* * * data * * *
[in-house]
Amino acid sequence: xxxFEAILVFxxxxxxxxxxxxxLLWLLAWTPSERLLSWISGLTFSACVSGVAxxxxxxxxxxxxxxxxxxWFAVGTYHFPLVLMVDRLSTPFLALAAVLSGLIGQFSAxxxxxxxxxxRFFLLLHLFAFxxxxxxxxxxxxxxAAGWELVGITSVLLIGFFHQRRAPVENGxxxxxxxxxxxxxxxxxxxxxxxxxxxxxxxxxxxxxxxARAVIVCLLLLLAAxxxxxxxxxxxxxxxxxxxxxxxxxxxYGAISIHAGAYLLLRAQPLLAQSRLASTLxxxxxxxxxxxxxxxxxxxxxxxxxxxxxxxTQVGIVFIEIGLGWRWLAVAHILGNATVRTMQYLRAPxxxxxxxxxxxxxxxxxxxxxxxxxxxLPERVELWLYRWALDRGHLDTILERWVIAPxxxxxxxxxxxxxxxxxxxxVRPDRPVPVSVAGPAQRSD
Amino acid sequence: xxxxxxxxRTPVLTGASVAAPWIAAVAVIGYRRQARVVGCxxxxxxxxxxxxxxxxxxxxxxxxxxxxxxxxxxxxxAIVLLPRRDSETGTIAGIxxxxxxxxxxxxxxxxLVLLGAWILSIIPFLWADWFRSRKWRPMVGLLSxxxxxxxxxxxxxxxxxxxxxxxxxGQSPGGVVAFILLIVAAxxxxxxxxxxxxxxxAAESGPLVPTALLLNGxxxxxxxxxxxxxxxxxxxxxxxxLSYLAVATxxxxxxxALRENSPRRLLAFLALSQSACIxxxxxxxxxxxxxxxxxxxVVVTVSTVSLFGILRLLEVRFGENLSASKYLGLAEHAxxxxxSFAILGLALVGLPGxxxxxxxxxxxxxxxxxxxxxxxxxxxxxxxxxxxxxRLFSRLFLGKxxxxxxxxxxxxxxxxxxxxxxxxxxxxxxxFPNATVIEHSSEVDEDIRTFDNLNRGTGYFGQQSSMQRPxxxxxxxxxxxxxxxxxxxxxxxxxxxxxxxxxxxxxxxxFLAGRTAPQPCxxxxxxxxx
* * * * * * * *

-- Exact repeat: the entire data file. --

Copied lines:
[in-house]
Amino acid sequence: xxxFEAILVFxxxxxxxxxxxxxLLWLLAWTPSERLLSWISGLTFSACVSGVAxxxxxxxxxxxxxxxxxxWFAVGTYHFPLVLMVDRLSTPFLALAAVLSGLIGQFSAxxxxxxxxxxRFFLLLHLFAFxxxxxxxxxxxxxxAAGWELVGITSVLLIGFFHQRRAPVENGxxxxxxxxxxxxxxxxxxxxxxxxxxxxxxxxxxxxxxxARAVIVCLLLLLAAxxxxxxxxxxxxxxxxxxxxxxxxxxxYGAISIHAGAYLLLRAQPLLAQSRLASTLxxxxxxxxxxxxxxxxxxxxxxxxxxxxxxxTQVGIVFIEIGLGWRWLAVAHILGNATVRTMQYLRAPxxxxxxxxxxxxxxxxxxxxxxxxxxxLPERVELWLYRWALDRGHLDTILERWVIAPxxxxxxxxxxxxxxxxxxxxVRPDRPVPVSVAGPAQRSD
Amino acid sequence: xxxxxxxxRTPVLTGASVAAPWIAAVAVIGYRRQARVVGCxxxxxxxxxxxxxxxxxxxxxxxxxxxxxxxxxxxxxAIVLLPRRDSETGTIAGIxxxxxxxxxxxxxxxxLVLLGAWILSIIPFLWADWFRSRKWRPMVGLLSxxxxxxxxxxxxxxxxxxxxxxxxxGQSPGGVVAFILLIVAAxxxxxxxxxxxxxxxAAESGPLVPTALLLNGxxxxxxxxxxxxxxxxxxxxxxxxLSYLAVATxxxxxxxALRENSPRRLLAFLALSQSACIxxxxxxxxxxxxxxxxxxxVVVTVSTVSLFGILRLLEVRFGENLSASKYLGLAEHAxxxxxSFAILGLALVGLPGxxxxxxxxxxxxxxxxxxxxxxxxxxxxxxxxxxxxxRLFSRLFLGKxxxxxxxxxxxxxxxxxxxxxxxxxxxxxxxFPNATVIEHSSEVDEDIRTFDNLNRGTGYFGQQSSMQRPxxxxxxxxxxxxxxxxxxxxxxxxxxxxxxxxxxxxxxxxFLAGRTAPQPCxxxxxxxxx